He says also: … “Multinational corporations are trying to commodify the air, really, and the pollution in the air. They want the right to do that, and they want to commodify it with the legal language of contracts and put a price on it and get credit for having already polluted” … (full text).

… All I really know about the CCS is that it is home to Patrick Bond, but Patrick Bond is a terrific development economist and certainly a right guy to be supporting against any politically-motivated witch hunts (the CCS is a top quality and very left wing academic think tank; it’s also very anti-Mugabe for the best of reasons, and Patrick himself is one of the most outspoken critics of the World Bank and IMF, all of which positions have the potential to be politically inconvenient). At present it looks like the battle to save CCS is on a knife-edge, so if any of my readers have colleagues who have influence in the development field and might not have heard of the problems at CCS, you could do a little good in the world by telling them … (full text).

… Our column in the July 8 Durban Mercury argued that these firms need a strong legal signal so they desist from investing in repressive regimes such as Burma, Zimbabwe and the Sudan. We raised this with deputy foreign minister Aziz Pahad at a recent parliamentary seminar hosted by the University of KwaZulu-Natal, and he sounded concerned, but unable to dislodge Pretoria’s anti-reparations alliance with Bush, Brown, Merkel and the corporations. (full text).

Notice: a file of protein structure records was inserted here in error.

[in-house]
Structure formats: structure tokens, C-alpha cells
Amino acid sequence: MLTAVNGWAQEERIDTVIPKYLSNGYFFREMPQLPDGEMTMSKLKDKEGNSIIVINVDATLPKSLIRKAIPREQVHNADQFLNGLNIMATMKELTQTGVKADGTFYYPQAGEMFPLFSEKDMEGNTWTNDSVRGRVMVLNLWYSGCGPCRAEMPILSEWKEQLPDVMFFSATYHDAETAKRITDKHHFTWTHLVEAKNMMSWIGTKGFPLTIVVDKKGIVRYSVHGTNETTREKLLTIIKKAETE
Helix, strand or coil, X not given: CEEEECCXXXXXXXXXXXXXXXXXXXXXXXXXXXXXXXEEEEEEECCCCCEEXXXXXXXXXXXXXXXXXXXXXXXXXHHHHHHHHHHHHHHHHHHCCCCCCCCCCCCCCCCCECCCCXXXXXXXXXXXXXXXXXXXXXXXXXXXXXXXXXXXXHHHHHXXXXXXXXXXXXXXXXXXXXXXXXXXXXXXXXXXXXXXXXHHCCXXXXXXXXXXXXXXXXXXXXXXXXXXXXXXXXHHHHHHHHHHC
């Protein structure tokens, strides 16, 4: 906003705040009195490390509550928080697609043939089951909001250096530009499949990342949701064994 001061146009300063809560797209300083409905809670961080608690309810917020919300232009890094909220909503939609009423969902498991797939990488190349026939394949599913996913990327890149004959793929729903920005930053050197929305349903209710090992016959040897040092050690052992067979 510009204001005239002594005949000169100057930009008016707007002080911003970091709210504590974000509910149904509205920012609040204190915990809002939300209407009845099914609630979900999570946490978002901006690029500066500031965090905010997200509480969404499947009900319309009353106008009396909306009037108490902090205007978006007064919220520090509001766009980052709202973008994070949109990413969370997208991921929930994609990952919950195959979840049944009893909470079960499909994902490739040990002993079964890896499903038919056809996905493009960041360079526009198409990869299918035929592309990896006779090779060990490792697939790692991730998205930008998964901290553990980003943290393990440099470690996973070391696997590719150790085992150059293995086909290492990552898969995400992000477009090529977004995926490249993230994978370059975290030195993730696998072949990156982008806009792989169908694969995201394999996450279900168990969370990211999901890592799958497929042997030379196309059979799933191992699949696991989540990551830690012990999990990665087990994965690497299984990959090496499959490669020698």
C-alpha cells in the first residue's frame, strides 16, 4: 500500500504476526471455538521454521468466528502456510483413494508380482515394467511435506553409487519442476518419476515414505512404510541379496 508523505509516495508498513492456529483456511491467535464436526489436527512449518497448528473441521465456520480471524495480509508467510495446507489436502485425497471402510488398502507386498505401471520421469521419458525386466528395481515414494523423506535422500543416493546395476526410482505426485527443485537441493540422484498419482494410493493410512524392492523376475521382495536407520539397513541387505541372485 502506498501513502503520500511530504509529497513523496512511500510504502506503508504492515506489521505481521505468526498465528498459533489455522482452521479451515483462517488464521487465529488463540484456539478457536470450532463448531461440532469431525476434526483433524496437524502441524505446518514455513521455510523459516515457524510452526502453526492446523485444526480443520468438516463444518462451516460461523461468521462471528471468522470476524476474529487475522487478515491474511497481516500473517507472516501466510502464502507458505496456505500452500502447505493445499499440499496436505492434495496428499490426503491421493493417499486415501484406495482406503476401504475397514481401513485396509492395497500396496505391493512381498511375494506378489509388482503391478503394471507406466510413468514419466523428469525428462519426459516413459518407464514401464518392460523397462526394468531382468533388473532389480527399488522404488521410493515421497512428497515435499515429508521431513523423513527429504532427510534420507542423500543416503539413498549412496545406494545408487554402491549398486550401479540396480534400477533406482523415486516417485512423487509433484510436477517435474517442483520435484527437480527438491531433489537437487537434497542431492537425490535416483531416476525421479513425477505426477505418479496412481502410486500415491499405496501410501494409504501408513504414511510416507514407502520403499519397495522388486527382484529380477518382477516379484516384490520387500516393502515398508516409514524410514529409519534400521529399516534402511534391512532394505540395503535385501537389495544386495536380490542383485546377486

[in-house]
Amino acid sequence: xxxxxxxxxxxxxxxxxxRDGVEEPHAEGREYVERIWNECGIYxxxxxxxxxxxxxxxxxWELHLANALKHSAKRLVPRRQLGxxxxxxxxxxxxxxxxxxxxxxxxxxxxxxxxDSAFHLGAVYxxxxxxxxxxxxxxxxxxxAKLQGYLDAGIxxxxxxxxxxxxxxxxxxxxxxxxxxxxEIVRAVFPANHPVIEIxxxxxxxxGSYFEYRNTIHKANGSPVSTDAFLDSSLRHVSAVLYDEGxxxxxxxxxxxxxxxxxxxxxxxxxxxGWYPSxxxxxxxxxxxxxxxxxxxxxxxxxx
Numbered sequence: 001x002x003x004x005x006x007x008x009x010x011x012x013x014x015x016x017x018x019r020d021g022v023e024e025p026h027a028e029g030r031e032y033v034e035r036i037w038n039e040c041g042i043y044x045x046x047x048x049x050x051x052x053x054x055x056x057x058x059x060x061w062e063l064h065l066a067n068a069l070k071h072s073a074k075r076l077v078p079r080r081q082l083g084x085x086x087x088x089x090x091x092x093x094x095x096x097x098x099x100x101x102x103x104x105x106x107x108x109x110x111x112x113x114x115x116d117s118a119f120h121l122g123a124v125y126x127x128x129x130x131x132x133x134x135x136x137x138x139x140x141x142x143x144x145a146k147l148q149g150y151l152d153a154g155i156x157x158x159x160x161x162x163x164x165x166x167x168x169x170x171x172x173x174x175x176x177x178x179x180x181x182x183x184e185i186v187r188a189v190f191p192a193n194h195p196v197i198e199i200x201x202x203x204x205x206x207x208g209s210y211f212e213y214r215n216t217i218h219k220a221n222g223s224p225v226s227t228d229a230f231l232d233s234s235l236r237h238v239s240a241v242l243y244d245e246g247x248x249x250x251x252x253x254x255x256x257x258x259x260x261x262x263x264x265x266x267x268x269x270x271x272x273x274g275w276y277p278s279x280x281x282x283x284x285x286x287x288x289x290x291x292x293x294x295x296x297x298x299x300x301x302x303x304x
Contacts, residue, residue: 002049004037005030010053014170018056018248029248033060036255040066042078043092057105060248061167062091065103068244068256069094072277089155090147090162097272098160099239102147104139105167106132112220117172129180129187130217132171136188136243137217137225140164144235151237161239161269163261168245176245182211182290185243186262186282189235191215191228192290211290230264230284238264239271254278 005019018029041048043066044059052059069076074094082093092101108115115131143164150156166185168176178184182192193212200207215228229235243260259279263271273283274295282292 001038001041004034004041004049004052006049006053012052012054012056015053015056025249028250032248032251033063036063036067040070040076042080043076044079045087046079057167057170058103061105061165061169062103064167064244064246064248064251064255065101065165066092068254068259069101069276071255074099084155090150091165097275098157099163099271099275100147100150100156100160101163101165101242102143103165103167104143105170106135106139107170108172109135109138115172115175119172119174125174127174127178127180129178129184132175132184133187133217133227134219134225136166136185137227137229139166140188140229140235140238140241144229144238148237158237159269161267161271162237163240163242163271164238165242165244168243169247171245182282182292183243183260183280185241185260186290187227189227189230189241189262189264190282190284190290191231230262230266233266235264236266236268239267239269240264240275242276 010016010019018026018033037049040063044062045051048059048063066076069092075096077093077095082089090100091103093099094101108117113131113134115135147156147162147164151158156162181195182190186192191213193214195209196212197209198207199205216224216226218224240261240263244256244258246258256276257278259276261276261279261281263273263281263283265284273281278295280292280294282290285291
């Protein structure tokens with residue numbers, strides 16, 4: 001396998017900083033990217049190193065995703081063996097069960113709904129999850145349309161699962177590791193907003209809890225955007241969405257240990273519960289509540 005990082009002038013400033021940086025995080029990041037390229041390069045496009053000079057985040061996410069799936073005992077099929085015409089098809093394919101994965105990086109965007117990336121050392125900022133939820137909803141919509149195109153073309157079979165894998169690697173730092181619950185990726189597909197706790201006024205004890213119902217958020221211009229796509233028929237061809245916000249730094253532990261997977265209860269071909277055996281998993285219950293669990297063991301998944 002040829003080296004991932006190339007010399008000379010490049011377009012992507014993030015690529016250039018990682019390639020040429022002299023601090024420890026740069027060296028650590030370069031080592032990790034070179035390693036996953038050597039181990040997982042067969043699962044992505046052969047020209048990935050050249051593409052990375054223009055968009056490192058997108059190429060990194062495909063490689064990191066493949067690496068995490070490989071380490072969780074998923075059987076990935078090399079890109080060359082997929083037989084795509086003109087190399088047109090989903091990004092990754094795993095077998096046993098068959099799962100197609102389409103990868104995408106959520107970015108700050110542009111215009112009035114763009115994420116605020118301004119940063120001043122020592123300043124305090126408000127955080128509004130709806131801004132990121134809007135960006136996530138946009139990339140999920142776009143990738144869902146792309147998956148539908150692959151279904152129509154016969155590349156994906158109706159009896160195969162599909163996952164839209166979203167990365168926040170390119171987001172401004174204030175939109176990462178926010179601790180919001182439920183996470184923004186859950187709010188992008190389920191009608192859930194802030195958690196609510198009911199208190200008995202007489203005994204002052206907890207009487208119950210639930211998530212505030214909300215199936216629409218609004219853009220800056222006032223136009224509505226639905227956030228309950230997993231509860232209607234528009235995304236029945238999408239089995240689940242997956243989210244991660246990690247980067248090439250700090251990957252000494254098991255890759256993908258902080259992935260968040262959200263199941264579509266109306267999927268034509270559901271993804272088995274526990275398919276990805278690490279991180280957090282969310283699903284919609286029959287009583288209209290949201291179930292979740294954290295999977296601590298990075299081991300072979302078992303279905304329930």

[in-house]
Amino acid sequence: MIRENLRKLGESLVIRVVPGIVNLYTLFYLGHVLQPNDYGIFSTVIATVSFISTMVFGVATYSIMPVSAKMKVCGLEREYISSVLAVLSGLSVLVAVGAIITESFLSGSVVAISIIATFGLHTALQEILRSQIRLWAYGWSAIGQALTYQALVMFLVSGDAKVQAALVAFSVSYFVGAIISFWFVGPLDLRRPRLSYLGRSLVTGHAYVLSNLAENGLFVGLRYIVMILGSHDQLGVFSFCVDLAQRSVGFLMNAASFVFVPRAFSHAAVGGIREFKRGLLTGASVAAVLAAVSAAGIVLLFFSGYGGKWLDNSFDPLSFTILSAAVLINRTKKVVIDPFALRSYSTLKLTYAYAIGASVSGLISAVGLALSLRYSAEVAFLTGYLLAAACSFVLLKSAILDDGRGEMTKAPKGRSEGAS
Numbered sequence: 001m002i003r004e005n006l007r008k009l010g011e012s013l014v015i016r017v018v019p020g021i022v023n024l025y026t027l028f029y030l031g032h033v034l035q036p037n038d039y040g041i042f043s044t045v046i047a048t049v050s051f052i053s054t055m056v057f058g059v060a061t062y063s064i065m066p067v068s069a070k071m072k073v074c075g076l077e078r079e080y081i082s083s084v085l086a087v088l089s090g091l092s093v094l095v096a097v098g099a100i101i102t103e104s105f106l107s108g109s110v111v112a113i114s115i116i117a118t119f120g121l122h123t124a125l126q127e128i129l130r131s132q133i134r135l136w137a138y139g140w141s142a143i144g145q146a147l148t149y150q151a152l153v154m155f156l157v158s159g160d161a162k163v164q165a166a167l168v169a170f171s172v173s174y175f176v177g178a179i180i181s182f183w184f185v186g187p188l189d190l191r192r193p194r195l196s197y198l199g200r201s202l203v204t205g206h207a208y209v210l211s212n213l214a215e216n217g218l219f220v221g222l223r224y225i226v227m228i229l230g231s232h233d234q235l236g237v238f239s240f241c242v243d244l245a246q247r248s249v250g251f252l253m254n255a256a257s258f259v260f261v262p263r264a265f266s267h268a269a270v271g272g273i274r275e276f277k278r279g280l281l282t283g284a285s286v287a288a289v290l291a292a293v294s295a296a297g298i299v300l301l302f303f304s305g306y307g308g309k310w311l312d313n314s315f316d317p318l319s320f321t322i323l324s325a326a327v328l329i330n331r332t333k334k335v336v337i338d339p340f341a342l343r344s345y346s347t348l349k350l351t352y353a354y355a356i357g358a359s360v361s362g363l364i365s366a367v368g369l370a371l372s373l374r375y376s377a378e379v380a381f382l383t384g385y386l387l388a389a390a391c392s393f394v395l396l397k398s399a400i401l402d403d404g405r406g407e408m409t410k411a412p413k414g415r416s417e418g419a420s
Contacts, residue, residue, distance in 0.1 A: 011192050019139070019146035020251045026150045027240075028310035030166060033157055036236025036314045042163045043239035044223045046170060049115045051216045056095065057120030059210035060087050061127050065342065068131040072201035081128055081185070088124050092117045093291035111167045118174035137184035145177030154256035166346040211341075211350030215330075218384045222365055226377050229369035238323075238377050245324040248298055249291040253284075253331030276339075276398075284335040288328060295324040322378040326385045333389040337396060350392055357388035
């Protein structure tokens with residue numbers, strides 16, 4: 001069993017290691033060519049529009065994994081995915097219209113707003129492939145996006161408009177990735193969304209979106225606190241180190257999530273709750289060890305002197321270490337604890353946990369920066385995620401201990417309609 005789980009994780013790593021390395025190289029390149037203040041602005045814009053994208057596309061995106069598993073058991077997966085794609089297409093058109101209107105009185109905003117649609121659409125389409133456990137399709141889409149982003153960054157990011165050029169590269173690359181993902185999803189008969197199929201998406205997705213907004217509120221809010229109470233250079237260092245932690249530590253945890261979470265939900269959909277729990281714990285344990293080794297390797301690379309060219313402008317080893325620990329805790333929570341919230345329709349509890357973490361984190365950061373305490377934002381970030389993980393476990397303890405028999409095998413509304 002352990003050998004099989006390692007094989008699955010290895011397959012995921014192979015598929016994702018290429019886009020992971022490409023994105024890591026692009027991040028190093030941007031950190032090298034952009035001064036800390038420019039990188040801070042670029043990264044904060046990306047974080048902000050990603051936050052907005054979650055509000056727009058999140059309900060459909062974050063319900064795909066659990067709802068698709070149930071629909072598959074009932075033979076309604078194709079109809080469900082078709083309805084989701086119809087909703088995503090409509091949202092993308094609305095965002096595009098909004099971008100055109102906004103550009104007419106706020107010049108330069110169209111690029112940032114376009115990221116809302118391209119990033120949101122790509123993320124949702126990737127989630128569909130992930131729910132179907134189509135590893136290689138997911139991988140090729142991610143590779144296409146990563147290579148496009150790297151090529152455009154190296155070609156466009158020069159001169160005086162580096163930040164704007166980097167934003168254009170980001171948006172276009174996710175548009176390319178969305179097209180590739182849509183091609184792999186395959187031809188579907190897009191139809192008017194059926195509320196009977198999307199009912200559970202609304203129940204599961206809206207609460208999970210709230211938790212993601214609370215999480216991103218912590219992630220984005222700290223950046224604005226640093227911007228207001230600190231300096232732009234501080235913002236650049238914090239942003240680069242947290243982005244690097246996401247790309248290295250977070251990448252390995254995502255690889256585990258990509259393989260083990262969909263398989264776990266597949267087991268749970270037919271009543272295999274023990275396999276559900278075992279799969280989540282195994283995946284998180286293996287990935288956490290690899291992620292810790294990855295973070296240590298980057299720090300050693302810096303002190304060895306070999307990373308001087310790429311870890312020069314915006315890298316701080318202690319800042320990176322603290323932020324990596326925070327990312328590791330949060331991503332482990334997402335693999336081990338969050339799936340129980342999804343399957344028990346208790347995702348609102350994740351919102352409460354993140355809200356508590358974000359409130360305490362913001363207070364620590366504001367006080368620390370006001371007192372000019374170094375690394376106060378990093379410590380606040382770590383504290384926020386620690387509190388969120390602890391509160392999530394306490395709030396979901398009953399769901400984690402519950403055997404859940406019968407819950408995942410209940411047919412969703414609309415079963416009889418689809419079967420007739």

FEATURES: Patrick Bond on the financial meltdown and new opportunities for African resistance to free trade. COMMENTS & ANALYSIS:

  • Kwesi Kwaa Prah responds to Issa Shivji and makes a case for Pan-African inclusivity;
  • Kambale Musavuli talks about our responsibilities to the Congo;
  • Lawrence M. Mute evaluates the legislation of hate speech in Kenya;
  • Ahmed Issack Hassan looks at the legal and administrative marginalization of Northern Kenya;
  • Anat Ben-Dor on Israel’s mistreatment of refugee seekers;
  • Savo Heleta on the Justice and Equality Movement (JEM) rebel group in Sudan;
  • Joe Contreras looks at Afro-Latinos and a rising black consciousness movement.

… (full text).

links:

University of Kwazulu Natal, The Premier University of African Scholarship, South Africa;

A Tribute to Billy Nair: CCS and our associates salute Billy Nair’s exemplary life of liberation and civil society commitments;

Centre for Civil Society CCS: Number of items at this level: 104;

Centre for Civil Society to be shut down? 6 August 2008.